Don't Say You Haven't...

Heard ... Art? The Hayward National Touring Exhibition, "Voice Over: Sound and Vision in Current Art", examines the specific use of sound in art as well as tackling the broader issue of voice. For instance, in Bethan Huws's film, Singing for the Sea, a troupe of Bulgarian folk singers are transplanted to the North Sea to perform. Amongother works, Lucy Gunning's The Singing Lesson explores the quality of disjunctive sound, playing slightly out of sync a video film of a singing teacher at her piano on one monitor and her pupil on an adjacent monitor. `Voice Over: Sound and Vision in Current Art' runs to 22 March, at the Arnolfini, 16 Narrow Quay, Bristol BS1 4QA 0117-929 9191.

Cause ... to celebrate Terence Rattigan? Cause Celebre deals with the murderous love-triangle played out between a teenage boy, his middle-aged lover and her elderly husband and, in its first major revival, is an unmitigated hit. Cause Celebre was Rattigan's last West End drama before his death, the playwright taking as his subject the true story of Alma Rattenbury, who was involved in a notorious murder trial of the Thirties. To 4 April, Lyric Hammersmith, London W6 0181-741 2311.

make sure you...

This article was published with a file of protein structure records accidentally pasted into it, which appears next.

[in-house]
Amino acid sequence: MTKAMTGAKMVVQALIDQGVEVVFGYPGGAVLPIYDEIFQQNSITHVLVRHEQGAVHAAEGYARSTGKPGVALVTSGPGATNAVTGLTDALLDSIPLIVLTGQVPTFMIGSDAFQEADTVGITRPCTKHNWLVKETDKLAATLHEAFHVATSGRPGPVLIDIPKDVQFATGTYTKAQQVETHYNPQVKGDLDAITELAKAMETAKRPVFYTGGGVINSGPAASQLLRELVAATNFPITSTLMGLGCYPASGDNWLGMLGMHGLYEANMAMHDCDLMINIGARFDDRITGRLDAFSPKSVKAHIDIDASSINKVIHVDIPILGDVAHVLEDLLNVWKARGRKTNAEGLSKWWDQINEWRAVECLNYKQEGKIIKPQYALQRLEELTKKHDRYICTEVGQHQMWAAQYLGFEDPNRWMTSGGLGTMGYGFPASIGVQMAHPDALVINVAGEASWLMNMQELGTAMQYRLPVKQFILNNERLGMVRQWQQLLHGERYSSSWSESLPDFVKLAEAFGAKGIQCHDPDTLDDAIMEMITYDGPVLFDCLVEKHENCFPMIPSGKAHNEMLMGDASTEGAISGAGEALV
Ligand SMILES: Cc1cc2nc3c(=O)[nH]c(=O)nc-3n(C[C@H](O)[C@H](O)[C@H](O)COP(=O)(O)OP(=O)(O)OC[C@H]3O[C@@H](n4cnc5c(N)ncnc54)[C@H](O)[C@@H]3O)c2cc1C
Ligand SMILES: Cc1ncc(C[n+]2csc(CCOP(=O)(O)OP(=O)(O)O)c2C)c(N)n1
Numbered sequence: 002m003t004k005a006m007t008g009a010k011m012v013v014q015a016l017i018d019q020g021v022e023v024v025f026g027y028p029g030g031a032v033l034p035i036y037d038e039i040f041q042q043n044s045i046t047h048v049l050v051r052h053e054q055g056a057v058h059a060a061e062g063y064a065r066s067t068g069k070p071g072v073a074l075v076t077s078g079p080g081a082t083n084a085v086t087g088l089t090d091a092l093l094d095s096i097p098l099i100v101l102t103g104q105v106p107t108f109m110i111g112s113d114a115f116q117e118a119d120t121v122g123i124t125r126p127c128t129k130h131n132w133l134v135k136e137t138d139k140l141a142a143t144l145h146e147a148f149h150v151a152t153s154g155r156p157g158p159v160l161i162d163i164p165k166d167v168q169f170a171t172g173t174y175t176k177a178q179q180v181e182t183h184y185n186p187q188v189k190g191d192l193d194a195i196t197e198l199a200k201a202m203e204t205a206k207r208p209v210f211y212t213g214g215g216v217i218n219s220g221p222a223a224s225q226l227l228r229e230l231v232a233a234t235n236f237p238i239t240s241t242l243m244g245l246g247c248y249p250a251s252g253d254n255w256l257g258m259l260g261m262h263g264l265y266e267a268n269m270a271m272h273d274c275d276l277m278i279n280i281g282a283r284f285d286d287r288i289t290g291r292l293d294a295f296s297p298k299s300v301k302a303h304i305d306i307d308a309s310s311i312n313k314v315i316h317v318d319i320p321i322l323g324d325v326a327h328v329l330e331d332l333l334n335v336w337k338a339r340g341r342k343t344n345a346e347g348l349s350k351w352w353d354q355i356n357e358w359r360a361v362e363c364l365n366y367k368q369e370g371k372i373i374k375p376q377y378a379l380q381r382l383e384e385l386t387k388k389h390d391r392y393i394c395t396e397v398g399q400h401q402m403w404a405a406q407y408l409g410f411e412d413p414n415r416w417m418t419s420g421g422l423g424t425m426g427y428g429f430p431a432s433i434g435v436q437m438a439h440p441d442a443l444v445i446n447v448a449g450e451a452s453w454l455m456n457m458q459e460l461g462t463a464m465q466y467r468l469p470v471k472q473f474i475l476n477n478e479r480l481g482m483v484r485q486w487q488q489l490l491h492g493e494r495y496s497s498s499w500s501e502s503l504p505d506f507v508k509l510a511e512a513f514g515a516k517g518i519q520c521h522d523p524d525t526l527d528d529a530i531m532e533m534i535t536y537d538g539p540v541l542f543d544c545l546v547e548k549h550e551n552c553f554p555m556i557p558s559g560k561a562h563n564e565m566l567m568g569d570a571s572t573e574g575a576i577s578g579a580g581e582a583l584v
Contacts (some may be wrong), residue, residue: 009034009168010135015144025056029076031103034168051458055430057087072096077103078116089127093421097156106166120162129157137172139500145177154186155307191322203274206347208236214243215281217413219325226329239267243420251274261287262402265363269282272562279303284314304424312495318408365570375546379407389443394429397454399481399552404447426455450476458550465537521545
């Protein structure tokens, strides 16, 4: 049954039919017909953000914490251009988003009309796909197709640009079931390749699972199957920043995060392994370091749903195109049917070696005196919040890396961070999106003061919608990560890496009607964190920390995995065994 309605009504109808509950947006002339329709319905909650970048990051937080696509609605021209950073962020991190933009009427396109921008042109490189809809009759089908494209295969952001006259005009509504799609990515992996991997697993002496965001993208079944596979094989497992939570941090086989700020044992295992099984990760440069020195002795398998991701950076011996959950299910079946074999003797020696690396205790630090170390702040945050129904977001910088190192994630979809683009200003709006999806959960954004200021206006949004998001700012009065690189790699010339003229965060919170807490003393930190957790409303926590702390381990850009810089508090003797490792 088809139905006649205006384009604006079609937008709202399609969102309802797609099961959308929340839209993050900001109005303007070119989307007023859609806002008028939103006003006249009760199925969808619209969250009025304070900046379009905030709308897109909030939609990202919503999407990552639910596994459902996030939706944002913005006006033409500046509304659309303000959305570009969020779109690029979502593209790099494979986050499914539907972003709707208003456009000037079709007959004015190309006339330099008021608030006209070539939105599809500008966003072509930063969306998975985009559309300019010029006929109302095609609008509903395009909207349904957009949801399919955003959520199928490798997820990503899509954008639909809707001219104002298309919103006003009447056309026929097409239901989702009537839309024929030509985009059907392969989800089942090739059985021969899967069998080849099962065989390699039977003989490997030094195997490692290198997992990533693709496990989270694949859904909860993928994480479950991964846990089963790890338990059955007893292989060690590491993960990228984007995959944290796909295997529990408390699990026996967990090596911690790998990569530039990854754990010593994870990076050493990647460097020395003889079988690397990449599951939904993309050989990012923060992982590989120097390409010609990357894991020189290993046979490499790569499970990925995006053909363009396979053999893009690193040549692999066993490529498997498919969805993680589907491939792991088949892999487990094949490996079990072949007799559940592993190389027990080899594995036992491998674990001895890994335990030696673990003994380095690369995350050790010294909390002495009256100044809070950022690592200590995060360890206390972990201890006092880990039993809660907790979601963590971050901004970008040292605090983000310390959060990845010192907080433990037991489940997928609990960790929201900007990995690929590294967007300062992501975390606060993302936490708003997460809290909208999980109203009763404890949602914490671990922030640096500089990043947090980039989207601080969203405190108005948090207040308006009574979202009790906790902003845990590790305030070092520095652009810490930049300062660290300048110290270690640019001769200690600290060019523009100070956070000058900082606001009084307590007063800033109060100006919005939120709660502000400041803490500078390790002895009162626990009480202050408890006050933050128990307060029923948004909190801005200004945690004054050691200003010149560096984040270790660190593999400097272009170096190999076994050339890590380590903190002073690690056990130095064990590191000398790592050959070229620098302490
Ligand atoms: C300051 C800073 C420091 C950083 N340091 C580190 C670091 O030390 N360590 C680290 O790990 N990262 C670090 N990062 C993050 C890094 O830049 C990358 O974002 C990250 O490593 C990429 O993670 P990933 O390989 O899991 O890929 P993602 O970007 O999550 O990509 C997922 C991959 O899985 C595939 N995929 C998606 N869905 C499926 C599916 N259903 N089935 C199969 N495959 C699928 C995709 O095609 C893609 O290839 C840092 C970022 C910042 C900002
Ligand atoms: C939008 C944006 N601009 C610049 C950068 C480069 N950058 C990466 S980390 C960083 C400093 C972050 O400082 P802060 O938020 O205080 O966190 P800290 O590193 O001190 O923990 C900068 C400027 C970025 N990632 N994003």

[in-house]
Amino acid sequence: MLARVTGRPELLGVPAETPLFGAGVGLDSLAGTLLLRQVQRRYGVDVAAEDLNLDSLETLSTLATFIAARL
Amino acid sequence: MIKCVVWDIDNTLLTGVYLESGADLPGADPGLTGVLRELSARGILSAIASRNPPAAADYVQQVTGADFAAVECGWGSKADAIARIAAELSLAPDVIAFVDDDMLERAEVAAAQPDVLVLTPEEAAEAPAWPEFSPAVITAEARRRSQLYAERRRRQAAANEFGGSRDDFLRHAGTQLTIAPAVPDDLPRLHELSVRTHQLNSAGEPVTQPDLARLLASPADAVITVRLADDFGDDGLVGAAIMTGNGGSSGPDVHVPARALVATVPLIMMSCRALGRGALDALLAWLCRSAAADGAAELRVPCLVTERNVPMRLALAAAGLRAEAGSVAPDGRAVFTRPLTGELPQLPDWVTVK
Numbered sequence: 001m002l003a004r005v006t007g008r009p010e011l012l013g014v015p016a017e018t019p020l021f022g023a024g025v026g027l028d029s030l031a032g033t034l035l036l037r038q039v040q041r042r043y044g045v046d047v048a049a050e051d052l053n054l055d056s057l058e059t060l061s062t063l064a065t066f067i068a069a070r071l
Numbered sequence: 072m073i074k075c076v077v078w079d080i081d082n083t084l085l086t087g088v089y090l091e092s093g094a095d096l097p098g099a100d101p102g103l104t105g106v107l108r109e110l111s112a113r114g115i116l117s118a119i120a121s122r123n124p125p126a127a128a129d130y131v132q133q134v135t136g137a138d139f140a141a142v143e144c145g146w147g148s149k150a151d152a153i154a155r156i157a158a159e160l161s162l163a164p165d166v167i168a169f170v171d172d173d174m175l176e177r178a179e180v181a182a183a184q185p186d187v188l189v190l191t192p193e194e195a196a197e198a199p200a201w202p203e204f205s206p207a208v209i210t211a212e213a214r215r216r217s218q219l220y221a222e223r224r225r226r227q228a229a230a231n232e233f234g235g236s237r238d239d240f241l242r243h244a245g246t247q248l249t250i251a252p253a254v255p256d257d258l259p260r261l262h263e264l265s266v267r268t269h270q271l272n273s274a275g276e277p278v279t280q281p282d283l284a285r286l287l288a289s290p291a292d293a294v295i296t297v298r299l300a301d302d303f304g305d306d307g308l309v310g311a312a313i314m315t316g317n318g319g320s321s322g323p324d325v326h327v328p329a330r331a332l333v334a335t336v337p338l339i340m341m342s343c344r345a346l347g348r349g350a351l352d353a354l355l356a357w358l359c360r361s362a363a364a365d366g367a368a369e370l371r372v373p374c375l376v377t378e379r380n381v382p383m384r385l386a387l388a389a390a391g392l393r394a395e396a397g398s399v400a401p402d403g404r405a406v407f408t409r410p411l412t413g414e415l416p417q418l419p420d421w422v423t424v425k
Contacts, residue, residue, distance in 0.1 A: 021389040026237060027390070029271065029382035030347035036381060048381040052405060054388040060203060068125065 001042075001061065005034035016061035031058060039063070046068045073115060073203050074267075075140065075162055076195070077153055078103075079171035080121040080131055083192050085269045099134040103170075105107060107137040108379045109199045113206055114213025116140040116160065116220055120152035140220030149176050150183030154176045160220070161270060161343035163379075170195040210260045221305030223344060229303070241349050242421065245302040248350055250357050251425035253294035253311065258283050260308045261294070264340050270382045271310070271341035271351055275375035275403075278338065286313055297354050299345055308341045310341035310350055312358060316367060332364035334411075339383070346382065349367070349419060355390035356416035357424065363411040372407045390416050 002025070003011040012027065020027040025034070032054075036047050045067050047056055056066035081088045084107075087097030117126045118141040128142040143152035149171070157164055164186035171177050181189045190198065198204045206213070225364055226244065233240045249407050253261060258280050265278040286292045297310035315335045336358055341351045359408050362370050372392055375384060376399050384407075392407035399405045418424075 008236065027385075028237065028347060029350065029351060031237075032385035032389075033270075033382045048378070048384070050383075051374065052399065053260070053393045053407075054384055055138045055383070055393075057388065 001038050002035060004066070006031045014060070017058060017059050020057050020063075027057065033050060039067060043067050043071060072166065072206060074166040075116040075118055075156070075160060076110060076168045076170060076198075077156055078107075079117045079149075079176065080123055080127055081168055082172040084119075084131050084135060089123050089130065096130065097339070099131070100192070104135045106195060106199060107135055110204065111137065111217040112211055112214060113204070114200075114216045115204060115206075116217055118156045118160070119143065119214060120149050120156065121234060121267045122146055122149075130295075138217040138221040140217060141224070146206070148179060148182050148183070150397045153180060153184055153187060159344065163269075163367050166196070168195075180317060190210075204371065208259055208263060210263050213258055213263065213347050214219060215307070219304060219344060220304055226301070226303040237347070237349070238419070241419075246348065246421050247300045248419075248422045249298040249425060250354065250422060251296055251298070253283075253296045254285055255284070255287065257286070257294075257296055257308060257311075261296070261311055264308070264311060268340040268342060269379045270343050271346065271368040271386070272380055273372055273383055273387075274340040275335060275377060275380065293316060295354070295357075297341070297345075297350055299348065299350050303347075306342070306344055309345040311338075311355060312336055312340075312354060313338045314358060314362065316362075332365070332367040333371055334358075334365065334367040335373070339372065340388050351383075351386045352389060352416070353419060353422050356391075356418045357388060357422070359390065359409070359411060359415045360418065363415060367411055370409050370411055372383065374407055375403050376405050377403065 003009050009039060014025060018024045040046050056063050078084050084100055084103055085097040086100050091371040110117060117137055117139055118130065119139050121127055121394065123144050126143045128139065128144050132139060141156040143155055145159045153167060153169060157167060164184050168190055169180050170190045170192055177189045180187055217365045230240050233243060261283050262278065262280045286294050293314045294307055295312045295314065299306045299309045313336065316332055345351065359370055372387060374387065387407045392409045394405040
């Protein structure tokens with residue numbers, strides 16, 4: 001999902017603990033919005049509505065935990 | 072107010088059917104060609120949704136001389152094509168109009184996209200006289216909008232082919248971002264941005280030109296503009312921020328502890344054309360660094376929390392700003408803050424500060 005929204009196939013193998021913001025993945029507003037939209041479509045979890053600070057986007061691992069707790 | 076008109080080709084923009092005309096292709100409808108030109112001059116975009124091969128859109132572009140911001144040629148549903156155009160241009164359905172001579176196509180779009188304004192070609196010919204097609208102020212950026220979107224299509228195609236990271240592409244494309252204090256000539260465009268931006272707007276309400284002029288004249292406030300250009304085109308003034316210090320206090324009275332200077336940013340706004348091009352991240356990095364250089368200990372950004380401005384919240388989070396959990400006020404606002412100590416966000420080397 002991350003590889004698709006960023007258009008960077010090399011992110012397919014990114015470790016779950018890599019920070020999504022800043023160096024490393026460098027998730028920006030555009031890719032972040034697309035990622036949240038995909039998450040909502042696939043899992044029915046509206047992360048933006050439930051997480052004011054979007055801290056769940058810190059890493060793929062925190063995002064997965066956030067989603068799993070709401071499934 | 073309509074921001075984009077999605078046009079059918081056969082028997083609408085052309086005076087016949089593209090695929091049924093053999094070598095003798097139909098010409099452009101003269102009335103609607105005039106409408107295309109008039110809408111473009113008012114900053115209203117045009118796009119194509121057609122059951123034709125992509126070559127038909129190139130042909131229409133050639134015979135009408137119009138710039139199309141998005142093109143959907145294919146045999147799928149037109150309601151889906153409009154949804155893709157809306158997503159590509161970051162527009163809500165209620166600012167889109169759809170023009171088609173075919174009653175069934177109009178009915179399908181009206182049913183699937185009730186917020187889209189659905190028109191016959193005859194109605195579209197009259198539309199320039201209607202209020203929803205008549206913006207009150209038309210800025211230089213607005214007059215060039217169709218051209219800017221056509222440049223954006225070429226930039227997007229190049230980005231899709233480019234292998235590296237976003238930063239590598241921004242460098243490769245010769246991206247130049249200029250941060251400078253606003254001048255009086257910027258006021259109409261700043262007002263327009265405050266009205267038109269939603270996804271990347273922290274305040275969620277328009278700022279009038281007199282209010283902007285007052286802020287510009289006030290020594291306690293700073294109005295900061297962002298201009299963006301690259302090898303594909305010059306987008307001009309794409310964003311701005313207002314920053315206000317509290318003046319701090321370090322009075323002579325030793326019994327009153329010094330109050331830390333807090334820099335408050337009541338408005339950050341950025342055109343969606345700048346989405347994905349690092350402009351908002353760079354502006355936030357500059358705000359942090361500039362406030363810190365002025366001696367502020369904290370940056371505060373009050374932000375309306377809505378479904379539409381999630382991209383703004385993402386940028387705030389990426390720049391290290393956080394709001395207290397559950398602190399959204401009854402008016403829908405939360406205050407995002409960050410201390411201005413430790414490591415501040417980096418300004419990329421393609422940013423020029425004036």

See ... Marthe in the bath. Late in his life, Pierre Bonnard turned his attention from the richly detailed interiors for which he's best known to more intimate studies of his wife, Marthe. Sarah Whitfield, in putting together the first major Bonnard retrospective in Britain since the Sixties, argues that both the intensely private paintings of Marthe bathing and the impressionist's self-portraits represent the conclusion of Bonnard's life-long investigation into the familiar and the everyday. To 17 May, Tate Gallery, Millbank, London SW1 0171-887 8000.

Catch ... the work of the original difficult teenager. Even though he died at the age of 21, the caricaturist Richard Newton managed to produce more than 200 prints. Satirical painting and caricature flourished in the last three decades of the 18th century and, as the current exhibition "Richard Newton: The Youngest Caricaturist" illustrates, the radical adolescent took great delight in lampooning not only the Royal Family, British politics and the Church but also an emergent Bonaparte in post-revolutionary France. To 17 May, Whitworth Art Gallery, The University of Manchester, Oxford Road, Manchester M15 0161-275 7450.

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